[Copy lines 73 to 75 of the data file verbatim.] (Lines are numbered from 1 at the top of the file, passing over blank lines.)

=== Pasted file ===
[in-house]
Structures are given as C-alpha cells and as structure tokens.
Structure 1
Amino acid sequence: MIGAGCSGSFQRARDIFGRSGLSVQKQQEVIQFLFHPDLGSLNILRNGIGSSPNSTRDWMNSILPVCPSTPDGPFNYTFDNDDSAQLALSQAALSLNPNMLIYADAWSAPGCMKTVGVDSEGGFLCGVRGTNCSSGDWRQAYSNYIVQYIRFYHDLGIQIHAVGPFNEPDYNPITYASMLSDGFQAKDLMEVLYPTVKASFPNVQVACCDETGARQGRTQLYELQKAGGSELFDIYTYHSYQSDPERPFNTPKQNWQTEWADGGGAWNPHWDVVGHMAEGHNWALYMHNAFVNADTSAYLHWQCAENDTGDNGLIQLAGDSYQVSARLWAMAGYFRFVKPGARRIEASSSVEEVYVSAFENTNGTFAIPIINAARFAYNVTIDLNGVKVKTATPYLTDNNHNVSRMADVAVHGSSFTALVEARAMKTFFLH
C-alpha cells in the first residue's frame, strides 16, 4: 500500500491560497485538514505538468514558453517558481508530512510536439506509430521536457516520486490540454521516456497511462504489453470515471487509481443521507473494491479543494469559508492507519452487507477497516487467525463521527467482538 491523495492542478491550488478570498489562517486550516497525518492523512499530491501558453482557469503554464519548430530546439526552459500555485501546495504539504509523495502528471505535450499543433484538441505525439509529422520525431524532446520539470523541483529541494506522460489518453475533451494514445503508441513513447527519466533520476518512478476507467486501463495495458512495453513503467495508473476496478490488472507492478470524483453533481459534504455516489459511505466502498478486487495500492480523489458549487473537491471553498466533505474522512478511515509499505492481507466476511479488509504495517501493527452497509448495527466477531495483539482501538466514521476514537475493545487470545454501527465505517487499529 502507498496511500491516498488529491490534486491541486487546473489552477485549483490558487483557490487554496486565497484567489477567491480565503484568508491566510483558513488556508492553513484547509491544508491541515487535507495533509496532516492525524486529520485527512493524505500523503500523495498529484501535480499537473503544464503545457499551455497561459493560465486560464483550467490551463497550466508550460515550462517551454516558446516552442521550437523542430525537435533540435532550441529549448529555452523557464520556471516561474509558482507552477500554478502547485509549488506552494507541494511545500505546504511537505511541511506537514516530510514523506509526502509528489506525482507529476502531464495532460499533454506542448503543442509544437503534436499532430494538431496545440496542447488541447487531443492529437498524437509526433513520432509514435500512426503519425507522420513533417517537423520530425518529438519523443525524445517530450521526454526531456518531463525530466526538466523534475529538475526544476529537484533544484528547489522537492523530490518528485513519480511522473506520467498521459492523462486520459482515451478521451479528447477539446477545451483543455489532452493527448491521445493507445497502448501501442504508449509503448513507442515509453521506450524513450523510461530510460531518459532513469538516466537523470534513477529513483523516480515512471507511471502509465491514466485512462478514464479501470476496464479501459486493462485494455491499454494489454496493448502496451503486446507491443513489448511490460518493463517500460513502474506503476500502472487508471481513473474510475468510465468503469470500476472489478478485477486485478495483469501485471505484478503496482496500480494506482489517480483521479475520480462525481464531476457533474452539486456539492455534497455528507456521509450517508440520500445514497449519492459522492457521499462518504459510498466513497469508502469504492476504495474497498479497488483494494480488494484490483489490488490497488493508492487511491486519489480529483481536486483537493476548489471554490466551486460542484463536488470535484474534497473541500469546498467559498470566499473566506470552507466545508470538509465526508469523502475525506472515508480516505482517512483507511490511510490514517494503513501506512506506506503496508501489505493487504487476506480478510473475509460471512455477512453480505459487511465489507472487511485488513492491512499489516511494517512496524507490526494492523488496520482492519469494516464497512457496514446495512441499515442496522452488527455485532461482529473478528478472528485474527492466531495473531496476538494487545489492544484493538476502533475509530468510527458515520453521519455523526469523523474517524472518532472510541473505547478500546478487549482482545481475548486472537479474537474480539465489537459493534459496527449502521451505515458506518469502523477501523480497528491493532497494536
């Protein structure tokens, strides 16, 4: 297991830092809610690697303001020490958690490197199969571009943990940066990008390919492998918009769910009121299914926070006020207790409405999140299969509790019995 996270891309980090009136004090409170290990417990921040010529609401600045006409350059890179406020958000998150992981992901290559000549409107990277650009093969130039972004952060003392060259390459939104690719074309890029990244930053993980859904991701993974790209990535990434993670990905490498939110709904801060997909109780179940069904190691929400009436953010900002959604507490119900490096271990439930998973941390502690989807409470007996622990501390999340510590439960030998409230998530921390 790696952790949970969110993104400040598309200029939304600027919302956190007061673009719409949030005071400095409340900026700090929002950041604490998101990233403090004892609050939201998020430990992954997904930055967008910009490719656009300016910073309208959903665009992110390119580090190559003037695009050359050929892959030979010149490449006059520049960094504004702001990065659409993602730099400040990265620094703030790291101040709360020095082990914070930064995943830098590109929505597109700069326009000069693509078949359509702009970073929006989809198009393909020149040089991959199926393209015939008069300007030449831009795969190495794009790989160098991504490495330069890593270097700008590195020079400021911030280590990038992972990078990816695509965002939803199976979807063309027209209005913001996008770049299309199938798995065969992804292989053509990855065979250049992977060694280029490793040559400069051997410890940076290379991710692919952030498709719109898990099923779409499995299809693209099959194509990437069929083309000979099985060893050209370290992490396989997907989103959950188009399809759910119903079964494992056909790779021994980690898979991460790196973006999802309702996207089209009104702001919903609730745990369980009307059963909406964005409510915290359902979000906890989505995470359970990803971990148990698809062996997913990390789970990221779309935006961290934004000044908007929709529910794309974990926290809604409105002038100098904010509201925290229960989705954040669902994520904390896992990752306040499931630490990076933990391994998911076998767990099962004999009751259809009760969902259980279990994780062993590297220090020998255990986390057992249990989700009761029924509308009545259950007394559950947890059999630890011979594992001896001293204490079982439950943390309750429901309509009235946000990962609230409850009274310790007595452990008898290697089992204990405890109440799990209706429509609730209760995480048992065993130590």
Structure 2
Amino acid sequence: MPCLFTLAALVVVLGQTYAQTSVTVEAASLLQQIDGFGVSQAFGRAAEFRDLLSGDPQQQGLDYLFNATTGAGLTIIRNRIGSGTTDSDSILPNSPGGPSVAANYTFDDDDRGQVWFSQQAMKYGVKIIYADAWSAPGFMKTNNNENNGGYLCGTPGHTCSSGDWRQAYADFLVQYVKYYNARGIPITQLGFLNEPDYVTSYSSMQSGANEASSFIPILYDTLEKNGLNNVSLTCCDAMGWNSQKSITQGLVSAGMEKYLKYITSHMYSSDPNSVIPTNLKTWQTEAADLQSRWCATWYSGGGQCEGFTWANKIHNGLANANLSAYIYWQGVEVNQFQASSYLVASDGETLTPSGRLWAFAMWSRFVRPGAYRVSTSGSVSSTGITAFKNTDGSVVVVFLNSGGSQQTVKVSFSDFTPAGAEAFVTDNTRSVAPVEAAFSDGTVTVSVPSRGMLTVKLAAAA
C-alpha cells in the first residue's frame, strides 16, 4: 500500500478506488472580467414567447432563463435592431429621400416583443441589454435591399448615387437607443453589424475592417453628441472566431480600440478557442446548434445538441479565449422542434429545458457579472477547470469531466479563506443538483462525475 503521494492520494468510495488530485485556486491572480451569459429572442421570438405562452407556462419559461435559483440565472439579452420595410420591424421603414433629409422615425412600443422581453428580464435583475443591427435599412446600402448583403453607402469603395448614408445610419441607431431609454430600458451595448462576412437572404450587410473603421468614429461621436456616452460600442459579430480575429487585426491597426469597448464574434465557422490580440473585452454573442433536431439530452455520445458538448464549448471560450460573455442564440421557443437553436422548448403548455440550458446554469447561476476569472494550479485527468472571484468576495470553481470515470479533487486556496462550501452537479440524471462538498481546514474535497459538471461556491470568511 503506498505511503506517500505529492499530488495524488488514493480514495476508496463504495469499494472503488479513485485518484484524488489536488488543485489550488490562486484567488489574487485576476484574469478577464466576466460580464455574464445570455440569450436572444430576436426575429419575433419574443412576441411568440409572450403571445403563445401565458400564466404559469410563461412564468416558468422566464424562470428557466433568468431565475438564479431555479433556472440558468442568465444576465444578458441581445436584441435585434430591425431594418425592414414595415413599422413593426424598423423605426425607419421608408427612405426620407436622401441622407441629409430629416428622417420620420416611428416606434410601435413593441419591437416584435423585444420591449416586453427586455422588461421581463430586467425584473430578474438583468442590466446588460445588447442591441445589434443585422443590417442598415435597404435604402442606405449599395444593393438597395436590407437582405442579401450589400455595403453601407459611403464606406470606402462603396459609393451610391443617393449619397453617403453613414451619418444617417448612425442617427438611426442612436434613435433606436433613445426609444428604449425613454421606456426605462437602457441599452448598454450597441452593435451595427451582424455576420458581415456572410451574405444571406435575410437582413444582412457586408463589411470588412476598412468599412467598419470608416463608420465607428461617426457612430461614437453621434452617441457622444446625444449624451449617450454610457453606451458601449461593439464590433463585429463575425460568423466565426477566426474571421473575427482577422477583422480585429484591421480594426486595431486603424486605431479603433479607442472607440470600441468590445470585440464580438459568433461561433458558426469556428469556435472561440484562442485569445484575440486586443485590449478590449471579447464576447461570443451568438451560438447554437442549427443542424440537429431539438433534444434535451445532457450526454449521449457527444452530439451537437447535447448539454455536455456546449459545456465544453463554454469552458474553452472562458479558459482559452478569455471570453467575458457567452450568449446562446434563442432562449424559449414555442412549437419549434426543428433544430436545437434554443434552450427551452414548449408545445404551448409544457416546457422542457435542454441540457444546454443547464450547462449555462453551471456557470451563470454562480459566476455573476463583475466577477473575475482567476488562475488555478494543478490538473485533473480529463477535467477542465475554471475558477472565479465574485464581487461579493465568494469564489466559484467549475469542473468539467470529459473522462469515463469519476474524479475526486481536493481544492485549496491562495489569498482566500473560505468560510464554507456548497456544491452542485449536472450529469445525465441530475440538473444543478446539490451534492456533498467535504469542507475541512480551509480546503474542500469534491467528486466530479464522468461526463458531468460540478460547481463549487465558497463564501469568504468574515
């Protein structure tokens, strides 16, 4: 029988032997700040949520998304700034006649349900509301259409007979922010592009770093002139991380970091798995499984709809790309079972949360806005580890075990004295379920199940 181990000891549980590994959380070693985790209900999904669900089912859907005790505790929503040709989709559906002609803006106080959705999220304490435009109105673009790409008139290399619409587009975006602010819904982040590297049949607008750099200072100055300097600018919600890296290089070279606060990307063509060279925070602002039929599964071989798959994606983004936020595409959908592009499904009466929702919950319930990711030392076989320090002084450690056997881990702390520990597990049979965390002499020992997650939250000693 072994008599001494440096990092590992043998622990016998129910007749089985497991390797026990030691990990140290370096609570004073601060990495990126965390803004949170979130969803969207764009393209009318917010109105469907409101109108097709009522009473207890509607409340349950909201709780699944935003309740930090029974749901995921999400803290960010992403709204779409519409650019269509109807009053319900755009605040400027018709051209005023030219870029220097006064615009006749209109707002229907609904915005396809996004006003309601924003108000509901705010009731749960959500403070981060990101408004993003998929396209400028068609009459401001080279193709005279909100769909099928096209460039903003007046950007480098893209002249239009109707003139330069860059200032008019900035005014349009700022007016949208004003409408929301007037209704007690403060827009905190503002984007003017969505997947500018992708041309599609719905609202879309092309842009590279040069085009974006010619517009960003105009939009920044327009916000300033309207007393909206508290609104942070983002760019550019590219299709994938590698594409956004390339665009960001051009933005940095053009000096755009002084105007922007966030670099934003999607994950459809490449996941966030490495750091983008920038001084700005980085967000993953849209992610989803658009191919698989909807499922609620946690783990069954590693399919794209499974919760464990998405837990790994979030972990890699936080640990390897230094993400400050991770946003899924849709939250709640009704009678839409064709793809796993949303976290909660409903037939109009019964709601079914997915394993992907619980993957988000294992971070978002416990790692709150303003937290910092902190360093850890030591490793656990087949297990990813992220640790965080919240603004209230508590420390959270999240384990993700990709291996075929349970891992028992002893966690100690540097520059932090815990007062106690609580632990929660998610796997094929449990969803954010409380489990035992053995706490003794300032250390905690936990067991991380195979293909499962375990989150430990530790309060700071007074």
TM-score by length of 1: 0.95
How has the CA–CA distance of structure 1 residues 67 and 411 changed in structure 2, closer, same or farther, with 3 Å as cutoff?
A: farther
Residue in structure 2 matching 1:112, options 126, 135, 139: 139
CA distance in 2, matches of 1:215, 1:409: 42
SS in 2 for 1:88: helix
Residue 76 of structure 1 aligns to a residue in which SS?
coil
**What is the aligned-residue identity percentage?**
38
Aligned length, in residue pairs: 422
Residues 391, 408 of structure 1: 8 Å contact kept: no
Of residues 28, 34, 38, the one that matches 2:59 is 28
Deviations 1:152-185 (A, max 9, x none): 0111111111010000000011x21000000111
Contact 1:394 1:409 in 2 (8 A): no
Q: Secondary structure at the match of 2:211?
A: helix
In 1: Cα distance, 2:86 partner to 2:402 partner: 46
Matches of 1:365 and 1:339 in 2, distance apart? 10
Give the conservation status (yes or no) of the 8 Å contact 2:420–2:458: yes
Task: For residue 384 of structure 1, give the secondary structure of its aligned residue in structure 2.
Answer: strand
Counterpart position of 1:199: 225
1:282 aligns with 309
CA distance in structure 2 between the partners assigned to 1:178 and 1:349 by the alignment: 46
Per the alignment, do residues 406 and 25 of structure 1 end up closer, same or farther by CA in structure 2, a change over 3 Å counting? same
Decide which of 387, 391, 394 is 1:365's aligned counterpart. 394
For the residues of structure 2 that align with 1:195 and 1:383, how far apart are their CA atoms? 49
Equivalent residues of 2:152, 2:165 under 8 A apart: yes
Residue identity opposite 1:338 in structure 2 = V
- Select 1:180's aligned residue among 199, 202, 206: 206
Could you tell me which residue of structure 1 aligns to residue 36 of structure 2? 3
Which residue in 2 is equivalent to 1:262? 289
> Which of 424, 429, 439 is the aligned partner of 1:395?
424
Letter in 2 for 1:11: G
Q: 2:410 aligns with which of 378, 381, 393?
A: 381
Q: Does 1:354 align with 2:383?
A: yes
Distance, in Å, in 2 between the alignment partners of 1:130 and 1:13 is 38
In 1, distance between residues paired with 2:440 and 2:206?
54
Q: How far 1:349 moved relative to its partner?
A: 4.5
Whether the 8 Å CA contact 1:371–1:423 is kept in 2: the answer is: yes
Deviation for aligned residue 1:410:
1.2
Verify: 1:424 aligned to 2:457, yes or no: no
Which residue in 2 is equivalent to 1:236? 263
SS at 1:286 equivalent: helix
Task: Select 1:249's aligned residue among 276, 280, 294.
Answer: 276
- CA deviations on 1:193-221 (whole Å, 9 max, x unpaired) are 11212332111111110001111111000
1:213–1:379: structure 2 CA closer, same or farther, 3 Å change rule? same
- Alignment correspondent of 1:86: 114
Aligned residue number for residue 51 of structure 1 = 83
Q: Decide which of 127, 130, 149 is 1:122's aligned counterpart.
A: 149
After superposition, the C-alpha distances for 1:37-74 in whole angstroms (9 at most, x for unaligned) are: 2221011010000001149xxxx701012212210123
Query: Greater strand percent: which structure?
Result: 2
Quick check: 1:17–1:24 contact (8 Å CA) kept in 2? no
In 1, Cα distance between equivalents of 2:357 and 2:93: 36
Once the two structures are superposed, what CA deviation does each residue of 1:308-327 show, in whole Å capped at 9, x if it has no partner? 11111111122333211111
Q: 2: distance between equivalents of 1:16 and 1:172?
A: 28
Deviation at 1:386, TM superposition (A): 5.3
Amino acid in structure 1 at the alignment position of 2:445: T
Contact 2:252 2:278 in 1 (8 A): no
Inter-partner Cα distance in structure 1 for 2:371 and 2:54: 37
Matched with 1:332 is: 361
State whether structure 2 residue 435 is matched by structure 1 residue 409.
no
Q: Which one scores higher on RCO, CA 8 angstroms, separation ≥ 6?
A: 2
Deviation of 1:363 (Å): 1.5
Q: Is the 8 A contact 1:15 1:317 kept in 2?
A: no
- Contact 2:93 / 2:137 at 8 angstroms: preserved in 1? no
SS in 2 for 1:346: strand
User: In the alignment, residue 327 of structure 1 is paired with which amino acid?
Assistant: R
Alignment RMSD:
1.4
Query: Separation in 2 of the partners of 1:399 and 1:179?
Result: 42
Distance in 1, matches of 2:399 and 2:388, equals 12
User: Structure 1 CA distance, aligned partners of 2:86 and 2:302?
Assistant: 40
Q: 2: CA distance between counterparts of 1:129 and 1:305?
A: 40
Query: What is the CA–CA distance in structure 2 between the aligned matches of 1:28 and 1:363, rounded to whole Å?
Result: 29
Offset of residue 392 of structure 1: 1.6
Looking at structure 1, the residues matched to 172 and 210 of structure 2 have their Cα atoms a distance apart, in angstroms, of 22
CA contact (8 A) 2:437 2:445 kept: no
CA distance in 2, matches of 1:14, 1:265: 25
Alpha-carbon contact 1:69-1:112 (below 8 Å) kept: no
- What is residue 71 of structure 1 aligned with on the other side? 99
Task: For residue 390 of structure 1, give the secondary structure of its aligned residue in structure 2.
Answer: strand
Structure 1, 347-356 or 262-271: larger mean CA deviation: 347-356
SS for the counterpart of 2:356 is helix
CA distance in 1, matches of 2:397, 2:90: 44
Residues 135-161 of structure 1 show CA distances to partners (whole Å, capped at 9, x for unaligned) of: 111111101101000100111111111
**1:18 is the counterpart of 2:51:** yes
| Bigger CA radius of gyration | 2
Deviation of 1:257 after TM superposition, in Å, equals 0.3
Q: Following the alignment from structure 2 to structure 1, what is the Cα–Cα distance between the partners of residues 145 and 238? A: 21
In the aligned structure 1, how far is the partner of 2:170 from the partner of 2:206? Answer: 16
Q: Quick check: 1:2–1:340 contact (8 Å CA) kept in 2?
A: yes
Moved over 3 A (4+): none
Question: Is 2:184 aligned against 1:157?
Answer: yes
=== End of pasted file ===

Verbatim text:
Quick check: 1:17–1:24 contact (8 Å CA) kept in 2? no
In 1, Cα distance between equivalents of 2:357 and 2:93: 36
Once the two structures are superposed, what CA deviation does each residue of 1:308-327 show, in whole Å capped at 9, x if it has no partner? 11111111122333211111